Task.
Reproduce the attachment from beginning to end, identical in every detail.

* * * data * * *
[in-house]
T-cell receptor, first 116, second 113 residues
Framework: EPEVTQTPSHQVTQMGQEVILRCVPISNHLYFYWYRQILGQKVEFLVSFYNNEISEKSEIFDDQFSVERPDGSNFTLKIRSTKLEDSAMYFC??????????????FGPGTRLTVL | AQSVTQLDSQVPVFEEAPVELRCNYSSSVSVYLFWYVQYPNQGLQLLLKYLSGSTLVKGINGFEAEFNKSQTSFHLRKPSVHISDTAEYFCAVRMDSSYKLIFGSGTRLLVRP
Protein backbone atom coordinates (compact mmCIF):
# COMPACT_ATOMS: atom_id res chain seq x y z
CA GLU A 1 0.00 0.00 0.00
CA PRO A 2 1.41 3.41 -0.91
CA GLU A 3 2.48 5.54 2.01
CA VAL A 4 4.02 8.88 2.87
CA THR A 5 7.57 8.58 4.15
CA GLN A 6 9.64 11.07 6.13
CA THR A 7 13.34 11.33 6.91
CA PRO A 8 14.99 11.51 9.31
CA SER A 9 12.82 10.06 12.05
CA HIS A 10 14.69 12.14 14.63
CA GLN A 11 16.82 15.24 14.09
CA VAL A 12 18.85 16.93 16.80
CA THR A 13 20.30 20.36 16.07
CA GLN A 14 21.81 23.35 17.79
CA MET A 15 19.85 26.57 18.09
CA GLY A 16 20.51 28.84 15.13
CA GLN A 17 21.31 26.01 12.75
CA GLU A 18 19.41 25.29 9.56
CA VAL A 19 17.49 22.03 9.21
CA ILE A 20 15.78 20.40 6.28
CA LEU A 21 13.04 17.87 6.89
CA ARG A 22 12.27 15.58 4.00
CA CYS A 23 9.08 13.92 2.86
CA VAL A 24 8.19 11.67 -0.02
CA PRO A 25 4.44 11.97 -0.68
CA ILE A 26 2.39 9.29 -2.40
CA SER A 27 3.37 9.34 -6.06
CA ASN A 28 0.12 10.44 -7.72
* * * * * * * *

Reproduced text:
[in-house]
T-cell receptor, first 116, second 113 residues
Framework: EPEVTQTPSHQVTQMGQEVILRCVPISNHLYFYWYRQILGQKVEFLVSFYNNEISEKSEIFDDQFSVERPDGSNFTLKIRSTKLEDSAMYFC??????????????FGPGTRLTVL | AQSVTQLDSQVPVFEEAPVELRCNYSSSVSVYLFWYVQYPNQGLQLLLKYLSGSTLVKGINGFEAEFNKSQTSFHLRKPSVHISDTAEYFCAVRMDSSYKLIFGSGTRLLVRP
Protein backbone atom coordinates (compact mmCIF):
# COMPACT_ATOMS: atom_id res chain seq x y z
CA GLU A 1 0.00 0.00 0.00
CA PRO A 2 1.41 3.41 -0.91
CA GLU A 3 2.48 5.54 2.01
CA VAL A 4 4.02 8.88 2.87
CA THR A 5 7.57 8.58 4.15
CA GLN A 6 9.64 11.07 6.13
CA THR A 7 13.34 11.33 6.91
CA PRO A 8 14.99 11.51 9.31
CA SER A 9 12.82 10.06 12.05
CA HIS A 10 14.69 12.14 14.63
CA GLN A 11 16.82 15.24 14.09
CA VAL A 12 18.85 16.93 16.80
CA THR A 13 20.30 20.36 16.07
CA GLN A 14 21.81 23.35 17.79
CA MET A 15 19.85 26.57 18.09
CA GLY A 16 20.51 28.84 15.13
CA GLN A 17 21.31 26.01 12.75
CA GLU A 18 19.41 25.29 9.56
CA VAL A 19 17.49 22.03 9.21
CA ILE A 20 15.78 20.40 6.28
CA LEU A 21 13.04 17.87 6.89
CA ARG A 22 12.27 15.58 4.00
CA CYS A 23 9.08 13.92 2.86
CA VAL A 24 8.19 11.67 -0.02
CA PRO A 25 4.44 11.97 -0.68
CA ILE A 26 2.39 9.29 -2.40
CA SER A 27 3.37 9.34 -6.06
CA ASN A 28 0.12 10.44 -7.72